We should all do what works best for our relationship (and life). However, it would take me a millennium to count the amount of posts, and conversations I’ve been a part of, that are based on dependent thought. As humans we like to fashion ourselves as independent thinkers roaming our lives without a shepherd. Based on many years of experience, I’ve learned that a considerable amount of people dating, and in relationships, base their decision-making, and thought processes, on the opinions, experiences, and influence of others.
The Sheep Mentality
There are so many relationship experts and gurus out there giving advice. Reading all the books, blogs, and watching all their videos, can make navigating the dating and relationship world quite confusing. Consequently, knowing what to do next can be a very daunting task.
To a person who hasn’t traversed on this modern-day, grassy-plain of dating and relationships in quite some time, for them, understanding the process (and watching daters) can be quite intimidating. Therefore, even more bewildering. The chance of becoming lost in the wilderness of our own personal experiences, mixed-with relationship advice, meme’s, tradition, gender roles, socialization, and the opinion of others, is very high.
That being said, the best strategy has always been to do what’s best for your relationship. Don’t be led by those who use absolutes to dictate the path you, and your partner should take. This mindset is called the, “sheep mentality.”
In my next relationship we ain’t takin’ the paved road. Let’s create our own beaten path together.
Tradition, Meme’s, Gender Roles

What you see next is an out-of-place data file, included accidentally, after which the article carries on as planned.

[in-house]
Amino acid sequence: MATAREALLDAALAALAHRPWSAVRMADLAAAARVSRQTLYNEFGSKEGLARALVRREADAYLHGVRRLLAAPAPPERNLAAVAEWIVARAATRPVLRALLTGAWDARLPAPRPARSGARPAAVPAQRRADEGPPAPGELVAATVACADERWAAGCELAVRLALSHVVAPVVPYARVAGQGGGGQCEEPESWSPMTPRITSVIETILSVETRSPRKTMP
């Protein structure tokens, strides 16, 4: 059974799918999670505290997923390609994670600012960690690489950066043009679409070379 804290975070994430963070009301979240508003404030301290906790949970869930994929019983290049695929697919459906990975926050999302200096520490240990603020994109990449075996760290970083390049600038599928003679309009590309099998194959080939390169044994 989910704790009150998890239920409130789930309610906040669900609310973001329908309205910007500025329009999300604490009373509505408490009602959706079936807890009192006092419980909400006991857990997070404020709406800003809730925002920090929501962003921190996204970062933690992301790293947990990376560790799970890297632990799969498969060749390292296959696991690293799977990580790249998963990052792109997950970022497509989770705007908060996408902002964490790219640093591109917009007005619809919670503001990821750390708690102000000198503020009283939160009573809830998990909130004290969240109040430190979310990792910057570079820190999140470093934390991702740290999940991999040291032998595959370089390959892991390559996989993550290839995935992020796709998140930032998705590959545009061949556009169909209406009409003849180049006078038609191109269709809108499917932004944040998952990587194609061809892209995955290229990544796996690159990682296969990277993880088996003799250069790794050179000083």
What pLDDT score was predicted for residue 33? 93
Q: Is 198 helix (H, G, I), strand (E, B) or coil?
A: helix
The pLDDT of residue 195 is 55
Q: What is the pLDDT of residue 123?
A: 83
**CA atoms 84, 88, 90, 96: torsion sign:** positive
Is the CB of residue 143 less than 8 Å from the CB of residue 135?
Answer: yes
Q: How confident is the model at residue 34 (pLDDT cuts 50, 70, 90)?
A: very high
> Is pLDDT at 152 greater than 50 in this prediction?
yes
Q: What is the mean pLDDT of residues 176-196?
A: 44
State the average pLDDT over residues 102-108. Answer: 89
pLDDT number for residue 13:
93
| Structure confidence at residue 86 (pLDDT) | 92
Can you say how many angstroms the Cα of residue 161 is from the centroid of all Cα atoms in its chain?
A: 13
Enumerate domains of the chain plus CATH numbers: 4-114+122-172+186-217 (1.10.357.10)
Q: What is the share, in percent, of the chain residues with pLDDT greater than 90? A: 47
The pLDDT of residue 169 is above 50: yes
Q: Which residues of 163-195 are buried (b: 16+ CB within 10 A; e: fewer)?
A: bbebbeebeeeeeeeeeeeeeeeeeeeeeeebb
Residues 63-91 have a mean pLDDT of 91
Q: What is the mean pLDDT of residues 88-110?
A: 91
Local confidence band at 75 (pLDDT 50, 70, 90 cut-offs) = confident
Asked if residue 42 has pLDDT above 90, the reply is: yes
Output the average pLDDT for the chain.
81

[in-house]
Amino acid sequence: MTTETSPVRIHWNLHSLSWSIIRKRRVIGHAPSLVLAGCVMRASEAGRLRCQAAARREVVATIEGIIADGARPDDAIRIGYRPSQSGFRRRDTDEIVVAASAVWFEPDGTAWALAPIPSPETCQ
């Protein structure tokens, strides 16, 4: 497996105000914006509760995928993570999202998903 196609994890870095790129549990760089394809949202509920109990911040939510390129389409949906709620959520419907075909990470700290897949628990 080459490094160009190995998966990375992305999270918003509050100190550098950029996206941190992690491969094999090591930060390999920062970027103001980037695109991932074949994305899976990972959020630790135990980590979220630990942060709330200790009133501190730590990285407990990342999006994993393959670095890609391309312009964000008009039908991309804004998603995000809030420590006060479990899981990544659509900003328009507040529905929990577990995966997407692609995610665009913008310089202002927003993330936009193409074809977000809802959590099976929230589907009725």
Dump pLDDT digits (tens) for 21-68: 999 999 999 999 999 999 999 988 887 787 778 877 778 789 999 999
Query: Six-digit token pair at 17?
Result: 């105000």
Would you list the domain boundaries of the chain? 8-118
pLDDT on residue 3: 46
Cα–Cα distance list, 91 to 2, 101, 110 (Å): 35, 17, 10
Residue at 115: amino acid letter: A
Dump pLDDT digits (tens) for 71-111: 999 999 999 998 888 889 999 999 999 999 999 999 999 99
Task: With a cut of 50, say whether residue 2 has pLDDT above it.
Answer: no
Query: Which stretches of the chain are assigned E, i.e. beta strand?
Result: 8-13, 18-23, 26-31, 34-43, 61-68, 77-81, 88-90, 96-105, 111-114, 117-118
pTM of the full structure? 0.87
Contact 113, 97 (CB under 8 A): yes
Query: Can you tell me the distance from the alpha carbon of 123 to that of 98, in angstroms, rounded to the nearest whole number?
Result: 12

One of the conversations I consistently have with daters and people in relationships is about tradition, meme’s and gender roles. Best strategy to tackle those topics? Do what’s best for your relationship. Don’t let a meme dictate how you will act, or react to a situation. Letting tradition be an edict on your relationship is a huge mistake. While the, “old ways” have pros, a traditional ideology has the inability to evolve with the times. This can be a major handicap in a modern relationship (with modern problems). Especially when you’re dealing with social media which didn’t exist back then.
In an article about How Gender Role Stereotypes are Crippling Our Love Lives, by Ken Page L.C.S.W. of Psychology Today, Ken says…
In love, as in all areas of our lives, we’re faced with endless variants of the same existential choice: authenticity versus a pre-packaged, safe persona. Tragically, strong women and gentle men — and just about everyone else — are still being taught to forsake their authenticity again and again in the arenas of dating, romance, and love.
A classic example is the successful woman leaving her high-powered job to go on a date. Successful women are told to “leave their fake balls at the office” or risk a failed connection with “real men.” This sounds very 1950s, but I can’t tell you how many successful women I know who are still haunted by that fear — and how often it’s validated for them by friends, family, and popular dating advice.